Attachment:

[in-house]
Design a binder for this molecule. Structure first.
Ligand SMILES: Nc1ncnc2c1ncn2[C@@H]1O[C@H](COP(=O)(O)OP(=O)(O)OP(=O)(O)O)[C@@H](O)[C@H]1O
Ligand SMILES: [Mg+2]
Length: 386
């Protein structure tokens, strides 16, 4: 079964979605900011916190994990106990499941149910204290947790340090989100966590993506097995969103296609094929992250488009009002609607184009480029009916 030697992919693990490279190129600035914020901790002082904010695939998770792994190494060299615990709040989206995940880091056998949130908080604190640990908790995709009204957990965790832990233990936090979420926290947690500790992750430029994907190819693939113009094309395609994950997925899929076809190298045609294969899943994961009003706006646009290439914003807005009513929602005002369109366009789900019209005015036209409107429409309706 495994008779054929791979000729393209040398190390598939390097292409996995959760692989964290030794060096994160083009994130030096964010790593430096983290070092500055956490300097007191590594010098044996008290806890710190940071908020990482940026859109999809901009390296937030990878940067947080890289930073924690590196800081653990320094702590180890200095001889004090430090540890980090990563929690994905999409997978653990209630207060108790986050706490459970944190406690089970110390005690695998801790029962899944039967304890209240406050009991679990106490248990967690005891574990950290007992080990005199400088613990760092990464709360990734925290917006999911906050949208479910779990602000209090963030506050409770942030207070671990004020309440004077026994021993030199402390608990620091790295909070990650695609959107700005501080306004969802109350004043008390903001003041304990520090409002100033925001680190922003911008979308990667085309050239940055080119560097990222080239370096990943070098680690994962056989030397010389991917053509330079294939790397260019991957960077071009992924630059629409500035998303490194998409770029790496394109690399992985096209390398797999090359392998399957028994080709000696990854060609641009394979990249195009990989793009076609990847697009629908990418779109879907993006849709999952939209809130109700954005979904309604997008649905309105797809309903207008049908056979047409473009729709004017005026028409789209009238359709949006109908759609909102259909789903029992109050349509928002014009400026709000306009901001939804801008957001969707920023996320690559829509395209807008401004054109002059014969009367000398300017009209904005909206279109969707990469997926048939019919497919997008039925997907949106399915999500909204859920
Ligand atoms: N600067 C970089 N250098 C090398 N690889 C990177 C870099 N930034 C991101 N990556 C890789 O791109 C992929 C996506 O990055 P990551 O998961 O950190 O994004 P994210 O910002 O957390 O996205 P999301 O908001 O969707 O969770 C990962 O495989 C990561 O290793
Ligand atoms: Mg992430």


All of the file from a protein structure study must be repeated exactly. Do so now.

[in-house]
Design a binder for this molecule. Structure first.
Ligand SMILES: Nc1ncnc2c1ncn2[C@@H]1O[C@H](COP(=O)(O)OP(=O)(O)OP(=O)(O)O)[C@@H](O)[C@H]1O
Ligand SMILES: [Mg+2]
Length: 386
């Protein structure tokens, strides 16, 4: 079964979605900011916190994990106990499941149910204290947790340090989100966590993506097995969103296609094929992250488009009002609607184009480029009916 030697992919693990490279190129600035914020901790002082904010695939998770792994190494060299615990709040989206995940880091056998949130908080604190640990908790995709009204957990965790832990233990936090979420926290947690500790992750430029994907190819693939113009094309395609994950997925899929076809190298045609294969899943994961009003706006646009290439914003807005009513929602005002369109366009789900019209005015036209409107429409309706 495994008779054929791979000729393209040398190390598939390097292409996995959760692989964290030794060096994160083009994130030096964010790593430096983290070092500055956490300097007191590594010098044996008290806890710190940071908020990482940026859109999809901009390296937030990878940067947080890289930073924690590196800081653990320094702590180890200095001889004090430090540890980090990563929690994905999409997978653990209630207060108790986050706490459970944190406690089970110390005690695998801790029962899944039967304890209240406050009991679990106490248990967690005891574990950290007992080990005199400088613990760092990464709360990734925290917006999911906050949208479910779990602000209090963030506050409770942030207070671990004020309440004077026994021993030199402390608990620091790295909070990650695609959107700005501080306004969802109350004043008390903001003041304990520090409002100033925001680190922003911008979308990667085309050239940055080119560097990222080239370096990943070098680690994962056989030397010389991917053509330079294939790397260019991957960077071009992924630059629409500035998303490194998409770029790496394109690399992985096209390398797999090359392998399957028994080709000696990854060609641009394979990249195009990989793009076609990847697009629908990418779109879907993006849709999952939209809130109700954005979904309604997008649905309105797809309903207008049908056979047409473009729709004017005026028409789209009238359709949006109908759609909102259909789903029992109050349509928002014009400026709000306009901001939804801008957001969707920023996320690559829509395209807008401004054109002059014969009367000398300017009209904005909206279109969707990469997926048939019919497919997008039925997907949106399915999500909204859920
Ligand atoms: N600067 C970089 N250098 C090398 N690889 C990177 C870099 N930034 C991101 N990556 C890789 O791109 C992929 C996506 O990055 P990551 O998961 O950190 O994004 P994210 O910002 O957390 O996205 P999301 O908001 O969707 O969770 C990962 O495989 C990561 O290793
Ligand atoms: Mg992430």